Publishers of all stripes are facing a period of reckoning. Facebook traffic is drying up, ad revenue is getting harder to come by and pivots to subscriptions or commerce won’t be a viable option for many.
Most publishers are putting on a brave face. They talk about how Facebook’s algorithm changes might benefit them long term, forcing them to be more disciplined with their strategies and driving them to forge “more meaningful connections” with their audiences. They argue problems such as ad fraud and brand safety are pulling marketers away from programmatic ads and back into the arms of their “premium” content and experiences.
But behind closed doors, staffers at some publishers paint a very different picture — often one of mounting panic and a perceived lack of direction, as their companies flail around looking for something tangible to pin their hopes on. Their concern is that a lack of strategy and direction is often passed off as an effort at “diversification.” But talking about diversification and figuring out how to do it successfully are two very different things.
Reading about their companies in the media only makes them more nervous when they compare that to the reality they see every day.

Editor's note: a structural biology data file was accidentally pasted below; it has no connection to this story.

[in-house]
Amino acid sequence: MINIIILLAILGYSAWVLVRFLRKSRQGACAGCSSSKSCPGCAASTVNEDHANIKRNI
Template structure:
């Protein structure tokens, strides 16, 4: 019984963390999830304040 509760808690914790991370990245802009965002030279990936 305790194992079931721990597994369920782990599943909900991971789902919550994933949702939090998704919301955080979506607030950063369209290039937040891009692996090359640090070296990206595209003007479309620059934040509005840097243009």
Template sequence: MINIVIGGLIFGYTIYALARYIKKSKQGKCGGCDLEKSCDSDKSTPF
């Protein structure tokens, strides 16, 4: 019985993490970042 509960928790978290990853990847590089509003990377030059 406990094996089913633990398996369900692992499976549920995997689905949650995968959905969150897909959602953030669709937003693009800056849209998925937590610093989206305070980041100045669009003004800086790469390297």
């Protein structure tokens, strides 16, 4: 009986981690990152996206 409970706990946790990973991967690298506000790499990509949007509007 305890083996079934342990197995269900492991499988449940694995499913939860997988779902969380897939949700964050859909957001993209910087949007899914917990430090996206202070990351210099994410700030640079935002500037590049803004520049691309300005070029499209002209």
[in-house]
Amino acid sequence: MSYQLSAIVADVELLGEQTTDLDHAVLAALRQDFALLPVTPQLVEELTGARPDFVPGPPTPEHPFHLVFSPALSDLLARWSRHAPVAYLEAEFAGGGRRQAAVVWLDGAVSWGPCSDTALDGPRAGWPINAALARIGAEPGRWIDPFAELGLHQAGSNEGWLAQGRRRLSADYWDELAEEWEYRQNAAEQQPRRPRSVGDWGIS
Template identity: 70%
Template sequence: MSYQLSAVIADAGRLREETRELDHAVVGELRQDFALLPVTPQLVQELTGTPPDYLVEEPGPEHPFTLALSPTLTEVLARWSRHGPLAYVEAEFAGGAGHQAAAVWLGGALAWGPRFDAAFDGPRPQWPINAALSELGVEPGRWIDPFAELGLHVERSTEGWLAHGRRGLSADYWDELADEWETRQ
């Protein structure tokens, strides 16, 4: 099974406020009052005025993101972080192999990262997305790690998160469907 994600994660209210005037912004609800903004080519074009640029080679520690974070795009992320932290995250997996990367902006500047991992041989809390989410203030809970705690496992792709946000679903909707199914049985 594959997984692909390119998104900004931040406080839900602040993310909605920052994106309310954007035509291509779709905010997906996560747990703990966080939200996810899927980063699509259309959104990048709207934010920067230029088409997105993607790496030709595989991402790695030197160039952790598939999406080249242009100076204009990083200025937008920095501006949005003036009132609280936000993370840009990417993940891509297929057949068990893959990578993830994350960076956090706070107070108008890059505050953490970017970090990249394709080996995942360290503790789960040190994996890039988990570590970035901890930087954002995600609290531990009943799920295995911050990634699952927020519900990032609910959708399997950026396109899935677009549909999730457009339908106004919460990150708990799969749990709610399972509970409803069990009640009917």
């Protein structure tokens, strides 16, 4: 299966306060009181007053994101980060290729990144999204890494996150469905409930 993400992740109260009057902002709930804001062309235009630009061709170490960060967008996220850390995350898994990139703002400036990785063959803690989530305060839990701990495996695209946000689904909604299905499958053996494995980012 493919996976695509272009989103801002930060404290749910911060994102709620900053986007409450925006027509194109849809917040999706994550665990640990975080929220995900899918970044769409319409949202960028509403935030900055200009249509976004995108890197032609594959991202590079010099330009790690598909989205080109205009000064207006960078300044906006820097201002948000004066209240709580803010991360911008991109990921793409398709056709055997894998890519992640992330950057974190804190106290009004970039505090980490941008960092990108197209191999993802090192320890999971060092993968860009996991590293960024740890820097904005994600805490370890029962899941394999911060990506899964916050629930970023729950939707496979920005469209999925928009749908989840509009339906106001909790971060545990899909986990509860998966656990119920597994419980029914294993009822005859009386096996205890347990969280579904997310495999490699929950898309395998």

“There’s a growing feeling we’re just throwing things out there randomly to see what sticks,” one staffer at a digital publisher told me this week.
Another expressed amusement at what he called “revisionist history” regarding his company’s strategy to rely on Facebook traffic and programmatic ads, which he said he believes has left his company somewhat backed into a corner.
As my colleague Lucia Moses noted in her piece this week about Mic’s post-Facebook struggles, staffers there worry the company waited too long to pivot from Facebook-friendly clickbait and is running out of options (and money).
It’s a similar situation at “legacy” publishers, many of which are building out video studios and commerce arms, instituting paywalls and membership programs, and seemingly anything else they can think of. That’s in addition to various other cost-cutting and “efficiency” exercises such as centralizing editorial resources to work across multiple brands and properties.
Media is hard — that’s news to nobody. But nerves are jangling more vigorously for many in the publishing business as the year continues, with the full force of Facebook’s algorithm fallout still being felt; the continued ad dominance of Facebook, Google and other programmatic platforms; and other looming headaches such as the General Data Protection Regulation.
LittleThings may have been the first notable casualty of 2018, but those across the industry concur it’s unlikely to be the last. The question publishing staffers are now asking over Thursday night beers is: Who’s next?
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